Android almost spoils you with web browser choices. Yet the majority of users stick with whatever browser that comes preloaded on their phones. Nearly every phone maker out there is developing a mobile web browser and integrating with their Android skin. So far, Google Chrome is leading the pack as it comes pre-installed on almost every Android phone. However, Firefox is trying to threaten Chrome with its new offerings.
Firefox, an age-old Chrome rival, is making headlines with a brand-new browser on Android with a redesigned UI, private functions, and features. On the other hand, Google Chrome enjoys the benefit of default status and tight integration in the Google ecosystem.
In this post, we are going to compare the new Firefox browser to Google Chrome. The comparison will cover User Interface, web engine, features, cross-platform availability, syncing, and more. Let’s get started.
Cross-platform availability is essential in the browser game. After all, you would want to sync your web bookmarks, history, web passwords, and extensions among the platforms.
Google Chrome is available on Android, iOS, Windows, and Mac. Firefox goes a step ahead. You can access the Firefox browser on Android, iOS, Windows, Mac, and even Linux.
Phones are getting bigger, and the latest Android smartphones are coming with taller aspect ratios. So, it’s only practical to design the UI with the bottom menu and options. Unfortunately, Google Chrome is still using the old UI with major options at the top.
The home screen consists of the home button at the upper left corner. Options like profile, tab switcher, and settings menu sit at the top. It makes it hard to navigate the browser. Rumors suggest that Google is testing new Chrome Android builds with bottom navigation, but it’s far from ready for the prime time.
Firefox has completely nailed the user interface of its new Android browser. It appears that Firefox's design complies with tall screens bearing phones and options, such as search bar, tab switcher, and Settings, rest at the bottom. The reachability is spot-on here. You can also switch between tabs and enable private mode from the bottom menu.
Interestingly, Google Chrome doesn’t work with Android 10 dark mode while the Firefox browser plays perfectly fine with the dark theme. The good thing is, it’s a pure black theme and not the half-baked dark grey theme.
Tab Switcher Menu
After several days or weeks, your web browser is going to fill up with dozens of tabs. The tab switcher menu plays an important role in your browsing experience.
Google Chrome offers a big stack of cards as tabs. When you tap on the tab switcher menu, it throws-in all the tabs with the ability to add a new one, close all tabs, and more. Once again, all the options are at the top, which makes it hard to navigate among the opened tabs.
Firefox’s tab switcher is one of the best I have ever seen. You can tap on the tab switcher menu and glance over the opened tabs from the bottom menu.
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Web-Engine and Performance
For years, I experienced scrolling problems with Firefox’s Android browser. Thankfully, Mozilla has fixed that issue in the latest version of Firefox for Android. Also, it runs the new GeckoView rendering engine to render webpages. With that and couple of new settings, Mozilla claims to follow the highest level of privacy and security available on the Android platform.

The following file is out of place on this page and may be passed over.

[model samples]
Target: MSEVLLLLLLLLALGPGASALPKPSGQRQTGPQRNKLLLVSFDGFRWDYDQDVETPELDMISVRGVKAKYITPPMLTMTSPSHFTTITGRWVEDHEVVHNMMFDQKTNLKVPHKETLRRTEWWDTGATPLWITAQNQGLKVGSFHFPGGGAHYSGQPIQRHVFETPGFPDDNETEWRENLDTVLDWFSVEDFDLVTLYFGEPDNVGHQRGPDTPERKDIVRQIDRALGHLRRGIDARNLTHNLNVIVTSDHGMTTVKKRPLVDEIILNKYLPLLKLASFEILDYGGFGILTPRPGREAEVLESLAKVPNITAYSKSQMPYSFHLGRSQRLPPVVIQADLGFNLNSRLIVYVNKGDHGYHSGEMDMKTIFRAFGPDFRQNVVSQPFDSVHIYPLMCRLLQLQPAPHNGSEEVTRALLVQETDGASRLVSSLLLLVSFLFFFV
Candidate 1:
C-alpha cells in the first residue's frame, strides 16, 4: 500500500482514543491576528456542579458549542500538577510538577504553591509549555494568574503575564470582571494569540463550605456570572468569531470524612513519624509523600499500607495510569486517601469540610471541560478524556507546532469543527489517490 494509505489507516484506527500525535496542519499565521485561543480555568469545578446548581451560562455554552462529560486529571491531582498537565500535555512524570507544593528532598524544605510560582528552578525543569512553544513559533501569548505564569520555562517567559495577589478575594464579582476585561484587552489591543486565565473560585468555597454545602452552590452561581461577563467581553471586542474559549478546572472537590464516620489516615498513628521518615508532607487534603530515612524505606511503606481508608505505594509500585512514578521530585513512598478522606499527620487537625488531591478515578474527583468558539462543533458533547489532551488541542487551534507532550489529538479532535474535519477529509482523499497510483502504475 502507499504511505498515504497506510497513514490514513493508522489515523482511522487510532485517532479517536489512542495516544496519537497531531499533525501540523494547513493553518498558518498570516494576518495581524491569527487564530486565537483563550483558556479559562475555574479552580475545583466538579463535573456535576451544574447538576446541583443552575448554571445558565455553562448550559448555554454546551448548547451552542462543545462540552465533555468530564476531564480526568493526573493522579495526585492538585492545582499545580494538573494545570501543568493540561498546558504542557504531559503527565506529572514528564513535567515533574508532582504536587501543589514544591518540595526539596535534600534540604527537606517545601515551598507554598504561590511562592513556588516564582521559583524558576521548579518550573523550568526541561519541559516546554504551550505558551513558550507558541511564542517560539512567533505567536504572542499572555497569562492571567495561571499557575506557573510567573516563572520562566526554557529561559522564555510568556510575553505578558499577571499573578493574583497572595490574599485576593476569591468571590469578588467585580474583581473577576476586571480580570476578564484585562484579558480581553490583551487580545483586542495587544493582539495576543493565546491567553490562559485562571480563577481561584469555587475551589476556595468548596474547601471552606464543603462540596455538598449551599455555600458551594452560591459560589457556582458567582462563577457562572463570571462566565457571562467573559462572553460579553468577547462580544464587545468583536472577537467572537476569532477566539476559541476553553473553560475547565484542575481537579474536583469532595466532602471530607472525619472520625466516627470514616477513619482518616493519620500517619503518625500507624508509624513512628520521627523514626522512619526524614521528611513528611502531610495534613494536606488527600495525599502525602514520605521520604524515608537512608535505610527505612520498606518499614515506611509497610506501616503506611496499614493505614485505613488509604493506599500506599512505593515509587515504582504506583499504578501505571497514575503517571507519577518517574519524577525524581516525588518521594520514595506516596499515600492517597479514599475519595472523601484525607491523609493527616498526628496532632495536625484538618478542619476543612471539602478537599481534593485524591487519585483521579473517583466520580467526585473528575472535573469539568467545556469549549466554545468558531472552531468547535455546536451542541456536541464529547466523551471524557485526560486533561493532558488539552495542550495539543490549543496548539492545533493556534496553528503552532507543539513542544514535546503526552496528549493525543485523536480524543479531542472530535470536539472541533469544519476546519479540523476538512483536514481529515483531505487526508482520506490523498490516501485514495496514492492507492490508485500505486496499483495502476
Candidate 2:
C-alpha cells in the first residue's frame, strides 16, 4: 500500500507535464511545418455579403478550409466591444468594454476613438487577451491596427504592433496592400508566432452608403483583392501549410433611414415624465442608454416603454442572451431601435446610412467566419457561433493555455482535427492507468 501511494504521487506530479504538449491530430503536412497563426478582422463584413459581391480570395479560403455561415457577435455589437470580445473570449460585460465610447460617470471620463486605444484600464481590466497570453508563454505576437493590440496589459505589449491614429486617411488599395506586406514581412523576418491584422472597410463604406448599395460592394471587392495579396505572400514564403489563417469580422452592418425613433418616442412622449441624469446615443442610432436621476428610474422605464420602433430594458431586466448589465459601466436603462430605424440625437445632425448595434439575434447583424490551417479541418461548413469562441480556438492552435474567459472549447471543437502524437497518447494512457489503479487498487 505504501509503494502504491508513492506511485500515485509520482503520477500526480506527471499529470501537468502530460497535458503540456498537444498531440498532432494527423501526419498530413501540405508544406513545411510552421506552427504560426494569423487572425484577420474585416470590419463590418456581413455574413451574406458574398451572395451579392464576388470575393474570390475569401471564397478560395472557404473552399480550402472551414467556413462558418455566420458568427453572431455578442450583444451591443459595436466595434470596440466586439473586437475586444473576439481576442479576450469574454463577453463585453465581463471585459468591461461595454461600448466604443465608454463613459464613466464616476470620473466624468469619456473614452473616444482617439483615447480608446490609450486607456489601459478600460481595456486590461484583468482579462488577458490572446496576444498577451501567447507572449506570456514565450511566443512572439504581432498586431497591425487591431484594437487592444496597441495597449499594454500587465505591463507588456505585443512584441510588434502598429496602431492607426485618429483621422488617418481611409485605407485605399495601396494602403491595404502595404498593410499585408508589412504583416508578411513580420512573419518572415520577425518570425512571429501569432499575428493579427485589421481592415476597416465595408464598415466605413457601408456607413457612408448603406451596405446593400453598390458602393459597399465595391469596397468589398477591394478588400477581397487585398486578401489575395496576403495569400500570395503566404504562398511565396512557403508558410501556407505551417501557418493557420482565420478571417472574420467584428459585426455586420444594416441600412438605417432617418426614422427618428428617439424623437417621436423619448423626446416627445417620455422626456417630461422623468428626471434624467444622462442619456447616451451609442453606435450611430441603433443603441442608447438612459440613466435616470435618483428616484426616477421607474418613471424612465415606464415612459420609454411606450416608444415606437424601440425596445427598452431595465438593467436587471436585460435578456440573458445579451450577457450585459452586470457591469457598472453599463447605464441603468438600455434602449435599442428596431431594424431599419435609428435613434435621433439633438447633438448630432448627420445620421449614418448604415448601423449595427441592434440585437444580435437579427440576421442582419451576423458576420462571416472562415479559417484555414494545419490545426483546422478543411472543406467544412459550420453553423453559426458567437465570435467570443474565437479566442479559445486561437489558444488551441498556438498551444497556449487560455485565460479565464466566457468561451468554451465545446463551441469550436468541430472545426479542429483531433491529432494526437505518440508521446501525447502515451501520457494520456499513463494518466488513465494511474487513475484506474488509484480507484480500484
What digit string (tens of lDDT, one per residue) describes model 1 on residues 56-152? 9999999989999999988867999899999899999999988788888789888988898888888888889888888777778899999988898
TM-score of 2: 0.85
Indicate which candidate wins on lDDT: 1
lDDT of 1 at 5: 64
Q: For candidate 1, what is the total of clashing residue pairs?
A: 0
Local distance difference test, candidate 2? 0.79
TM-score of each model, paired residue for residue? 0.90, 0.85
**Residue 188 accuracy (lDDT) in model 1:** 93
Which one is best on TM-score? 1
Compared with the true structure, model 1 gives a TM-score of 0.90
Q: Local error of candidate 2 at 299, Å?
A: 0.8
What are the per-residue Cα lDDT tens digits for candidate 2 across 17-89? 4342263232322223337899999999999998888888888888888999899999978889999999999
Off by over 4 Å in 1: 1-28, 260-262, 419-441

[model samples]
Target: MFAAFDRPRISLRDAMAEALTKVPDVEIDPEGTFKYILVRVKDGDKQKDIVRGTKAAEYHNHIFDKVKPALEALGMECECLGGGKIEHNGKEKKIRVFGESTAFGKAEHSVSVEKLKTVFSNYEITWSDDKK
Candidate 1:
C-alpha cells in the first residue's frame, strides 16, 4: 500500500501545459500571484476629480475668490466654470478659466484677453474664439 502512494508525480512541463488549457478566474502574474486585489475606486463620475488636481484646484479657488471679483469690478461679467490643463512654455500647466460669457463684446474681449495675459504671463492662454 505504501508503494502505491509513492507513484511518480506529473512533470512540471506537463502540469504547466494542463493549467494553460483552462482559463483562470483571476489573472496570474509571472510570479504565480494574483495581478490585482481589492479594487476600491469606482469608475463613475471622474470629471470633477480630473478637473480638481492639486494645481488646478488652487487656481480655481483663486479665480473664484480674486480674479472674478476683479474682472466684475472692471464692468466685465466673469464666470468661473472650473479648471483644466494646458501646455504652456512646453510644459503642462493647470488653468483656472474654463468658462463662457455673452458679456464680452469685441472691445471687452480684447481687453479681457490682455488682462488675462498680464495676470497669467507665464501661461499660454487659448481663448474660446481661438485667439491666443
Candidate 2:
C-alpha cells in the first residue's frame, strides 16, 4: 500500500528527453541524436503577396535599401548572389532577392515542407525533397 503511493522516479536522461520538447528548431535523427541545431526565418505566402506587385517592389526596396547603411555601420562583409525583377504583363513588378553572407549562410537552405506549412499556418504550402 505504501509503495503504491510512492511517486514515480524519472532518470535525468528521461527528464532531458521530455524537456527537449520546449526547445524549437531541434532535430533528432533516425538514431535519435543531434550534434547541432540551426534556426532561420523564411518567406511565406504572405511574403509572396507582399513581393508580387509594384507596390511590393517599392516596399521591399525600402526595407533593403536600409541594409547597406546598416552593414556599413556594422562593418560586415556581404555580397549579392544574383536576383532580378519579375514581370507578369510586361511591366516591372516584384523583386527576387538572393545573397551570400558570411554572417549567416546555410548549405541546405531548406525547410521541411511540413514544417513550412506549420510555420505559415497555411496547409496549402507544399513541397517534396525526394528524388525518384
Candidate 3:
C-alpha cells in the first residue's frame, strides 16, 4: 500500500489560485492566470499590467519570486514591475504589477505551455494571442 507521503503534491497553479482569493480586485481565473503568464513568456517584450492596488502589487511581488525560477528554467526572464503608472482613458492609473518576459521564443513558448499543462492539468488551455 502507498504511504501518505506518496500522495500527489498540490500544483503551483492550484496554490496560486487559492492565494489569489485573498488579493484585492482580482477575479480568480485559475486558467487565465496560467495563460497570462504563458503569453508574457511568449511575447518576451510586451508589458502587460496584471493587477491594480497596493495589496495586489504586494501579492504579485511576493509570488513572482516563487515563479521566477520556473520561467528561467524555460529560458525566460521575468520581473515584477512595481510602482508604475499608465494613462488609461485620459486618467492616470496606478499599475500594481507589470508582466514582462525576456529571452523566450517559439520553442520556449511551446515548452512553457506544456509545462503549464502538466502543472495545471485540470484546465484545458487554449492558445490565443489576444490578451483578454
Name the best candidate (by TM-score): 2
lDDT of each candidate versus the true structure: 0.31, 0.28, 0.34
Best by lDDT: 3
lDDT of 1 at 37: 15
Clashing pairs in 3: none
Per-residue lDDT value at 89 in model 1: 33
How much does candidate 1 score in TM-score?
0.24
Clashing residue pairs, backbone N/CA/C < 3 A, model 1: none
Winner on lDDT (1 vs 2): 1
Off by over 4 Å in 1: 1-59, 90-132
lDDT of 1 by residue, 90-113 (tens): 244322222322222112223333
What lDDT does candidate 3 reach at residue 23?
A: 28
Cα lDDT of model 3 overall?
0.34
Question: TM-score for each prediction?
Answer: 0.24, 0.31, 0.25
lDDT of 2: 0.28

Google Chrome is using the Chromium rendering engine to load webpages. I have had no problems with scrolling or loading performance on Chrome. It’s right up there with the Firefox browser.
Features and Privacy Options
Google Chrome offers two features to improve your browsing experience. The company has integrated the Google Translate option in the browser. Chrome will automatically offer to translate the webpage when it detects the non-native language.
Chrome also provides a reader mode called ‘Simplified view’. It cleans-out all the images, videos, ads, and offers a simple user interface for reading. You can also change the reading mode appearance with different fonts styles and sizes. Other features include the ability to save data with the Lite mode, sync browsing history, bookmark, and more.
Firefox weighs heavily on the privacy options. It offers Privacy report to block cross-site tracking cookies and social trackers. The enhanced tracking protection is set at Standard, by default. You can change it to Strict or custom too. I hope Google takes note of that and offers a similar solution to Chrome.
Firefox also offers a clean-looking reader mode. You can also change font style and size besides using the Add-ons as well. For starters, you can use uBlock Origin to block ads, Dark Reader extension to force dark theme everywhere, and a couple of other extensions. Right now, the Add-on options are limited, but it’s better than what Chrome offers.
Other features include the ability to sync tabs, bookmarks, history, Collections (Firefox’s advanced Bookmark manager), and more.
Google Chrome is offering Google News integration on the homepage. I’m not a fan of it but some may like the add-on.
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Improve Your Browsing Experience
After trying Opera, Samsung Internet, Mi browser, and others, I always kept returning to Google Chrome. You did too?
Firefox’s new browser is finally making some strong propositions to move away from the default browser on Android. While using both the browsers simultaneously, I moved from Chrome to Firefox on Android. What about you? Share your experience in the comments section below.
Microsoft also offers the Edge browser on Android. Read the next post below to find its comparison to market-leader Chrome.
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